On the drive back to where I was staying, I wondered if I should give my talk the next day. I’m sure people would understand if I didn’t. Grief has the power to do that. Yet, this was neither my only responsibility nor commitment. What should I do? I am a feeler. I easily feel and take on the emotions of others if I am not careful. And, knowing my process, I am one who can allow things to completely consume me. But, this was not the time for me to fall apart. I could not afford it, but I could not afford to ignore that fact that one of my younger brothers was now gone. So what should I do?

I kept my commitment for the next day. I delivered the speech  though I can’t say that I was completely focused. I showed up because subconsciously I knew that in life things will always happen that will threaten to make me a liar. I had to push through. I had to do what I said that I would do no matter what. And, this is not to say that I neglected myself and my emotional well-being, but it is a recognition of my destructive emotional patterns and my need to overcome them. This revelation happened in grief.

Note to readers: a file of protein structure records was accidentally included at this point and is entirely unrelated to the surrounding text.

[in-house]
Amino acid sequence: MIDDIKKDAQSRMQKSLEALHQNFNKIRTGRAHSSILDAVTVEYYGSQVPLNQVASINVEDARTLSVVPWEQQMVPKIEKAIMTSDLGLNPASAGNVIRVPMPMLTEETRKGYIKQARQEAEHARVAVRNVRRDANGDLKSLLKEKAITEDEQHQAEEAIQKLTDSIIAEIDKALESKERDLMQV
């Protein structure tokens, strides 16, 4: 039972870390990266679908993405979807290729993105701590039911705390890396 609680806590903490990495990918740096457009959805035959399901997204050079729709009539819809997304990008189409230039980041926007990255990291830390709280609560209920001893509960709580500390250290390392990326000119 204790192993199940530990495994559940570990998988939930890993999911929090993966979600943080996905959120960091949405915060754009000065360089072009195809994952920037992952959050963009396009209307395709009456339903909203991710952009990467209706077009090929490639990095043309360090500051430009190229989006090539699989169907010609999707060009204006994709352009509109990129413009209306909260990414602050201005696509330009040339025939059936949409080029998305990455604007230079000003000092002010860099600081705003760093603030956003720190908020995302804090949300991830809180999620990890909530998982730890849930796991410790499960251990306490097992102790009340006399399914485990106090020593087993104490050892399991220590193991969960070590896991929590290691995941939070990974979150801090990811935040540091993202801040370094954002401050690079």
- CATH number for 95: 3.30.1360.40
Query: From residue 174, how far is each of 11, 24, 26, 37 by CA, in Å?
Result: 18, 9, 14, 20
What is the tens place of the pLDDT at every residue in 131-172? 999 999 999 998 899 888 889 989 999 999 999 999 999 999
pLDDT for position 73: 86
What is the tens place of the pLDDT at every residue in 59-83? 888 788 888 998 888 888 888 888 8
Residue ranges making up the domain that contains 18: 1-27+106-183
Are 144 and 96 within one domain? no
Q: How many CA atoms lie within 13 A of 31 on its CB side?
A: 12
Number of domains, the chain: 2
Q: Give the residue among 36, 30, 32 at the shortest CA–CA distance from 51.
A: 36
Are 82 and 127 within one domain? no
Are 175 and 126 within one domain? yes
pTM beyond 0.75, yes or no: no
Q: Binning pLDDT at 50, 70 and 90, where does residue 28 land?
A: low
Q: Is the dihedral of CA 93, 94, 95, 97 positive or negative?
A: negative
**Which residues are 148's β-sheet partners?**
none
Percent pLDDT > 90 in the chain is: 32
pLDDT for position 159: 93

Not only was I responsible for that talk, but I was also commitment to the members of my book club. I’d promised them a daily email for the book that we were reading and we still had 3 days left for me to fulfill my word. No, I didn’t want to continue reading and sending the email. No, no one would blame me for checking out on the emails. Yes, I would receive the sympathy but would I become strengthened? Perhaps, but I didn’t want to speculate. I HAD to continue. I HAD to keep going. I HAD to be responsible even when I didn’t want to be.

Grief taught me that I was committed to my commitment. Grief showed me that I wanted to keep going even though I wanted to stop. Grief showed me that some commitments are bigger than my emotions. And, while I will take the adequate time to grieve, I cannot drop my commitments and other people while walking through life’s ruins.


Insecure, How I Discovered This Shortcoming